Harlan Ellison, a giant in the writing world, passes away at age 84
It is with great sadness that ComingSoon.net has learned of the passing of Harlan Ellison, a giant in the field of science fiction literature and entertainment. Christine Valada, the widow of comics author and Ellison friend Len Wein, announced his passing at age 84.
Best known for his classic short sci-fi stories “‘Repent, Harlequin!’ Said the Ticktockman” (1965) and “I Have No Mouth, and I Must Scream” (1967) and editing the legendary anthology “Dangerous Visions,” Ellison earned a reputation as sharp writer who often had contentious feuds with colleagues and business partners. He remained vocally unhappy with the filmed version of the 1967 Star Trek episode he wrote titled “The City on the Edge of Forever,” despite it being universally considered the greatest episode of the show ever produced. He also famously sued filmmaker James Cameron over the 1984 hit The Terminator, claiming it stole key plot elements from his Outer Limits episode “Soldier.” The suit resulted in an out of court settlement and an onscreen acknowledgement to his work at the end of the film. He also was highly lauded for his writing, winning multiple Hugos, Nebulas and Edgars for his work over the decades.
Some of Ellison’s other work in film and television included co-writing the screenplay for the 1966 drama The Oscar as well as the having the 1975 cult sci-fi film A Boy and His Dog based on his novella, which later inspired the wildly popular post-apocalyptic video game Fallout. Other TV credits include The Alfred Hitchcock Hour, The Man from U.N.C.L.E., a writer and consultant on the 80’s revival of The Twilight Zone and as a creative consultant and writer on Babylon 5. He was the subject of a 2008 documentary titled Dreams With Sharp Teeth, which featured friends of his such as Robin Williams and Neil Gaiman. His authorized biography A Lit Fuse: The Provocative Life of Harlan Ellison by Nat Segaloff was published in 2017.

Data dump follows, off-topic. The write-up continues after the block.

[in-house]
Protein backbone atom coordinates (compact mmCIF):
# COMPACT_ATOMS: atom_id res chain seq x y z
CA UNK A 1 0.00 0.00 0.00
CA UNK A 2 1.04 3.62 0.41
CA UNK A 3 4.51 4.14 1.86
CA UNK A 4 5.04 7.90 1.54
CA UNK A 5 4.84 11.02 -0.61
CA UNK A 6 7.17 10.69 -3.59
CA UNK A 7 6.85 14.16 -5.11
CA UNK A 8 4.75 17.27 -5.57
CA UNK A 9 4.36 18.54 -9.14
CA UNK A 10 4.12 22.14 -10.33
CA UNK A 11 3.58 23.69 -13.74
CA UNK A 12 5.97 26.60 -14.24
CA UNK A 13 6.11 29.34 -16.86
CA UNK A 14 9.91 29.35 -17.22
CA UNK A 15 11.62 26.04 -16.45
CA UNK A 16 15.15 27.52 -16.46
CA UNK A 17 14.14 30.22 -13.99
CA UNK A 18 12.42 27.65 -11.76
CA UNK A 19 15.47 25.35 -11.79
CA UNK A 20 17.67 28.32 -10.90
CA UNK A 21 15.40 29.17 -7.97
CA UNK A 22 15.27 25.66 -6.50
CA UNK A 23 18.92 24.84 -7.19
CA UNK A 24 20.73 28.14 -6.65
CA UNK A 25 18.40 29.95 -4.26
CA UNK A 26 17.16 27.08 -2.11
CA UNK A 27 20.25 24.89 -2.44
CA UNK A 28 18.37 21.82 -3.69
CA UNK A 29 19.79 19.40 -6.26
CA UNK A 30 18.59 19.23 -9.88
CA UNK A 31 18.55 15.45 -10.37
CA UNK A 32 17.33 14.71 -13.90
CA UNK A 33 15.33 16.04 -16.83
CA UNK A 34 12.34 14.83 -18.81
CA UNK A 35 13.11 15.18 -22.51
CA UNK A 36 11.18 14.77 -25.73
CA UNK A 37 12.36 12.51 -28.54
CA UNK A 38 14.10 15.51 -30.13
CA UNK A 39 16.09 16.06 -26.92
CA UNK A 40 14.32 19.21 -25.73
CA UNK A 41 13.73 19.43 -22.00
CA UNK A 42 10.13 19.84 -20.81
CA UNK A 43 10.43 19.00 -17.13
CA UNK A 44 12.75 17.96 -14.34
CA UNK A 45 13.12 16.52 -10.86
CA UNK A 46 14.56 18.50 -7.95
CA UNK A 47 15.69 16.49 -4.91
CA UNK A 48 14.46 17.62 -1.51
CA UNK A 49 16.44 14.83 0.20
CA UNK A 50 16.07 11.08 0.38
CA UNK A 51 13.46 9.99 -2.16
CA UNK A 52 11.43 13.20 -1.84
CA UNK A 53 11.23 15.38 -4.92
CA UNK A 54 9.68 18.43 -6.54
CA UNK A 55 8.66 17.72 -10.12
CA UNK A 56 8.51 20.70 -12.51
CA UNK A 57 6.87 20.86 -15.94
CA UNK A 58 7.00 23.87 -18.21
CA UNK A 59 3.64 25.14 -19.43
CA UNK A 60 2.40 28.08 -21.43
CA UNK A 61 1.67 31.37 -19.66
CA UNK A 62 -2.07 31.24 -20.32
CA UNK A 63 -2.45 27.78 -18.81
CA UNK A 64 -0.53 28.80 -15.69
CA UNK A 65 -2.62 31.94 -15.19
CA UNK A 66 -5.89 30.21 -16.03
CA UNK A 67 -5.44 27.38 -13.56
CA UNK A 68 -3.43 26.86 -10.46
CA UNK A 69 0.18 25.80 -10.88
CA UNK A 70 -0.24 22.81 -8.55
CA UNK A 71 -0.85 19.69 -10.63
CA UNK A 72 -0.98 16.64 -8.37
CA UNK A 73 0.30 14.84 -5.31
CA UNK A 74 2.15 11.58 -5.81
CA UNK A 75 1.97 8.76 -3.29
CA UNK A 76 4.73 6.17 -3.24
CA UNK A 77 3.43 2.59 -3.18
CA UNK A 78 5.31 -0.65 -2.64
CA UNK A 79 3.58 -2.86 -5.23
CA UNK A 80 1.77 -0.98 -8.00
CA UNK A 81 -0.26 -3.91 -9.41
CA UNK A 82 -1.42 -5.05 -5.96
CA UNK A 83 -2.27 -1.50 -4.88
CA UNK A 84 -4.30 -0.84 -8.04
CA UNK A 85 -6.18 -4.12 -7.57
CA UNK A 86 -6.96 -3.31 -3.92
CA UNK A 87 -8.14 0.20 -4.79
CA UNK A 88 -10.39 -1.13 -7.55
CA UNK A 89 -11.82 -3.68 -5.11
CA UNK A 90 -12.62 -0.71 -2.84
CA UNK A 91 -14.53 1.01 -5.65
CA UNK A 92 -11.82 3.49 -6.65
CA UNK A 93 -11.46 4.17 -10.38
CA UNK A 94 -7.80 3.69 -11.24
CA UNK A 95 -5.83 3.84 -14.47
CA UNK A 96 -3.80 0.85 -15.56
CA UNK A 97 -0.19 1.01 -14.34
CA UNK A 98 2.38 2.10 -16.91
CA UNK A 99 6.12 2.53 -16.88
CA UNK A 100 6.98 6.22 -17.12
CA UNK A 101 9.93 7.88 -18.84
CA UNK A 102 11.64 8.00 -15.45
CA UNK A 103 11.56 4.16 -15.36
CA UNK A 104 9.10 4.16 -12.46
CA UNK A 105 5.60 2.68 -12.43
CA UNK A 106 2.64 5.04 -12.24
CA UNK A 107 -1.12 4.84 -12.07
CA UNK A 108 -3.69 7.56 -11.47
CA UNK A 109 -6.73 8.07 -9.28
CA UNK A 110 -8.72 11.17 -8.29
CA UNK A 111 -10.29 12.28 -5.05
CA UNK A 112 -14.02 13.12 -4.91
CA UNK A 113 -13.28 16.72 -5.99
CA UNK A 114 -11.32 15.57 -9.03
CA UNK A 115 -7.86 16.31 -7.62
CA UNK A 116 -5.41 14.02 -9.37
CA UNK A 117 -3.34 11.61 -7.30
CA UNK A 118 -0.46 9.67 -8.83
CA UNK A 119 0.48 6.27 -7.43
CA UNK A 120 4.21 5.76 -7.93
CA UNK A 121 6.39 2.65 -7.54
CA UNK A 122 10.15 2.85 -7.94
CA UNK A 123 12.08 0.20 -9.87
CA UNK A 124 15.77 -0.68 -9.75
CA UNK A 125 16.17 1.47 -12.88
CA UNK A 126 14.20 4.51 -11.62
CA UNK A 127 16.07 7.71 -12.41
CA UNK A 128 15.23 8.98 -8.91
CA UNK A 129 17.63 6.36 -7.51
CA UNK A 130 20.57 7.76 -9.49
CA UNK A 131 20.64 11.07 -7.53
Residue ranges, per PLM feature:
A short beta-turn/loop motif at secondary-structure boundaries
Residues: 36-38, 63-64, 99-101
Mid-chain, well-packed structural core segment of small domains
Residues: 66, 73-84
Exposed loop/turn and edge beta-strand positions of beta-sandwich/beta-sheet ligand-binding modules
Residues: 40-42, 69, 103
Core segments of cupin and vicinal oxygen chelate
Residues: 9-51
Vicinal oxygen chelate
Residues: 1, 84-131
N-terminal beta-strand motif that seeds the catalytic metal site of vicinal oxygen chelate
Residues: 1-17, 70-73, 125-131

The author filmed numerous short editorial segments for The Sci-Fi Channel in the 1990’s. Here is a sample of Ellison’s abrasive and often very funny pieces…
Ellison was also famous for holding all-day writing demonstrations in book store windows throughout the years in cities such as Washington DC, London, Boston and New York. He would start and finish full stories in full public display, often taking prompts from the crowd for ideas. Some of these stories went on to win numerous awards.
“I do it because I think particularly in this country people are so distanced from literature, the way it’s taught in schools, that they think that people who write are magicians on a mountaintop somewhere,” he told NBC in 1981. “And I think that’s one of the reasons why there’s so much illiteracy in this country. So by doing it in public, I show people it’s a job … like being a plumber or an electrician.”
(Photo Credit: Getty Images)